Roman Polanski’s “The Ghost Writer” dominated the 23rd annual European Film Academy awards Saturday in Tallinn, Estonia, winning best pic.

In Europe’s equivalent of the Oscars — voted on by the more than 2,300 members of the EFA — Polanski’s adaptation of Robert Harris’ novel of a British journo who becomes involved in intrigue after he ghostwrites the memoirs of a former prime minister, was named best pic.

Polanski was named European director and he and Harris — who co-wrote the script — nabbed the screenplay prize. Pic’s star Ewan McGregor took the lead actor award. Albrecht Konrad picked up the production designer award for his work on the film, with Alexandre Desplat nabbing the composer award.

It was a night of triumph for the Polish-born director, who said via Skype from his home in Paris, “You have rewarded a truly European venture.”

Released in July from house arrest in Switzerland after the failure of U.S. authorities to extradite him relating to unlawful sex charges dating back to the 1970s, the director doesn’t travel outside France, Switzerland or his native Poland. His co-producer Timothy Burrill accepted the prize on Polanski’s behalf. McGregor also was absent, working on a shoot in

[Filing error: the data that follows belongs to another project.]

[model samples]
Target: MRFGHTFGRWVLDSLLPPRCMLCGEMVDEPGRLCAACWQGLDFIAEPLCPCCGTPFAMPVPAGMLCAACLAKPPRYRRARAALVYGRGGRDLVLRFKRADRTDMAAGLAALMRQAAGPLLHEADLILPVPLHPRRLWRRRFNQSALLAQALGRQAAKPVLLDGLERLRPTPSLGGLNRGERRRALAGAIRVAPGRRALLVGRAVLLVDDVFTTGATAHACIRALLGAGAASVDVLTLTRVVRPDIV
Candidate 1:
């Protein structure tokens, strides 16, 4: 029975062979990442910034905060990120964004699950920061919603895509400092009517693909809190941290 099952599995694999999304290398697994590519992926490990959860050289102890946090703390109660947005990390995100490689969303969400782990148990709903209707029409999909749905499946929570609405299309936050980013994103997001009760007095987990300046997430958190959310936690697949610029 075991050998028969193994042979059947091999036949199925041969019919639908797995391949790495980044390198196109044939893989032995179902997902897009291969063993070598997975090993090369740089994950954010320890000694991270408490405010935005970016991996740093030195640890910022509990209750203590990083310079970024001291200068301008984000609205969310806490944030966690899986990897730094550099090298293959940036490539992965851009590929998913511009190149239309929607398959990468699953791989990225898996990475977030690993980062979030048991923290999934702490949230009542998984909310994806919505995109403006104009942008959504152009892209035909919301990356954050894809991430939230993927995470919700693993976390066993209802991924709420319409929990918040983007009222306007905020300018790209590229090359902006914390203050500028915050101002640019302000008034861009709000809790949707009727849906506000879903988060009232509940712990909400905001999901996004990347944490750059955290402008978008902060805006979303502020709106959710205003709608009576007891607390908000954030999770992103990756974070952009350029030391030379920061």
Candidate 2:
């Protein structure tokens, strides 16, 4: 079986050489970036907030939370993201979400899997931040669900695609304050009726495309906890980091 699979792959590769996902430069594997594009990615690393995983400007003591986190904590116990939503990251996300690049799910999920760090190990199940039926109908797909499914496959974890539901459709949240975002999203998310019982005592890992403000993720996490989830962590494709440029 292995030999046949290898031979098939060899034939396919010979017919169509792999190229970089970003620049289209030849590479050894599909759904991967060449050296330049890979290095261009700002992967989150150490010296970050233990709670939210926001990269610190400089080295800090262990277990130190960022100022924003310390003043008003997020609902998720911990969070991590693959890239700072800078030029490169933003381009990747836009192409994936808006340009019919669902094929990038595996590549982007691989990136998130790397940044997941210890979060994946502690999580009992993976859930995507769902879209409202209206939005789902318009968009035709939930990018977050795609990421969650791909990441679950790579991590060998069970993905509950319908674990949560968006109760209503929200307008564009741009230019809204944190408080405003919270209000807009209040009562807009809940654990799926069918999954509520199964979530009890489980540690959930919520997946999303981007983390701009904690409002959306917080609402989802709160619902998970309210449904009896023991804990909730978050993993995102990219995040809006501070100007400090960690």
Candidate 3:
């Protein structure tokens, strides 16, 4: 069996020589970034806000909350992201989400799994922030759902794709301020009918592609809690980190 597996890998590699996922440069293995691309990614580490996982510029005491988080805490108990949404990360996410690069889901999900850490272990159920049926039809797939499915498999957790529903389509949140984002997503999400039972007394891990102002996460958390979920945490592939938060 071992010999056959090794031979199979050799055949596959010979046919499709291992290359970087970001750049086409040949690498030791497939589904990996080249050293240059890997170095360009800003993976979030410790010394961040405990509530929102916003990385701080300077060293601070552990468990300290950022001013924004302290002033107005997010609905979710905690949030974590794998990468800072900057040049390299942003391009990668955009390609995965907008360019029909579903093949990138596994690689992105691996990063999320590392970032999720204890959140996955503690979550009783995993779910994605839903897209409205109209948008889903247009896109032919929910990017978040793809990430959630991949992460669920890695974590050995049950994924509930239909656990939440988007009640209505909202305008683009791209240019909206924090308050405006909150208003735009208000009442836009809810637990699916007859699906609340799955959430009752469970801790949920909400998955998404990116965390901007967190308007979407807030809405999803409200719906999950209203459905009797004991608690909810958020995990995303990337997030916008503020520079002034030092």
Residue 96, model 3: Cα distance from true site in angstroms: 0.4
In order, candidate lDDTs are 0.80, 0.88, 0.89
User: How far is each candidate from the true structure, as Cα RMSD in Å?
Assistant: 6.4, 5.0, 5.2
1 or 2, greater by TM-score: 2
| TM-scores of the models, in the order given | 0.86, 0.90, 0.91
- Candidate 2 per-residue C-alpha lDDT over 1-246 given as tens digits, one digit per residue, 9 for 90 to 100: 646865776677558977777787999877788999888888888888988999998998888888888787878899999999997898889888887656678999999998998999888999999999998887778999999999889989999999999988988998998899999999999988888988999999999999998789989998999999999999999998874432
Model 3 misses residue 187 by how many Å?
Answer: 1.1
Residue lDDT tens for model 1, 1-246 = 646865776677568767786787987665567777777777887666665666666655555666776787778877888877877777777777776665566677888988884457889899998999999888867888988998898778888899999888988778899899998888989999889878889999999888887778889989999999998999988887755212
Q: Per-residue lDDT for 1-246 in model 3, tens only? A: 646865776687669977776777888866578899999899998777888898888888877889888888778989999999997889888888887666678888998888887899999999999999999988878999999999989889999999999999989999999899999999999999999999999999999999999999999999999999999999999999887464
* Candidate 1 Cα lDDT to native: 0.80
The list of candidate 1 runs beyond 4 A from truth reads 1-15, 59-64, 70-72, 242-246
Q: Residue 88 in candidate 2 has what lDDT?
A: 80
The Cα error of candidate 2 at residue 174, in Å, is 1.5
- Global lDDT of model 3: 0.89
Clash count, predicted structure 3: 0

Thailand. French thesp Sylvie Testud took actress prize for her role as a wheelchair-bound woman seeking salvation in Jessica Hausner’s “Lourdes.”

In other kudos, Giora Bejach received the Carlo Di Palma cinematographer trophy for Israeli film “Lebanon,” which also nabbed the Fipresci prize. Editing kudo went to Luc Barnier and Marion Monnier for terrorist biopic “Carlos.” The documentary prize, given by Franco-German TV channel ARTE went to “Nostalgia for the Light,” a French/German/Chile co-prod directed by Patricio Guzman. Sylvain Chomet’s “The Illusionist,” drew the animation award, Poland’s “Hanoi-Warsaw,” a human-trafficking drama directed by Katarzyna Klimkiewicz, the short prize.

Eurimages co-production kudo went to Turkish producer Zeynep Ozbatur Atakan. Also receiving trophies were Bruno Ganz for lifetime achievement award and Lebanese-born composer Gabriel Yared for achievement in world cinema.

The people’s choice award for European film 2010 went to “Mr. Nobody,” written and directed by Jaco van Dormael and produced by Philippe Godeau. Awards came the day after the Tallinn Black Night’s Film Fest ended, where Sergei Loznitsa’s dark tale of contempo Russian provincial life “My Joy” (Germany/Ukraine/Netherlands) took top prize for Eurasian film.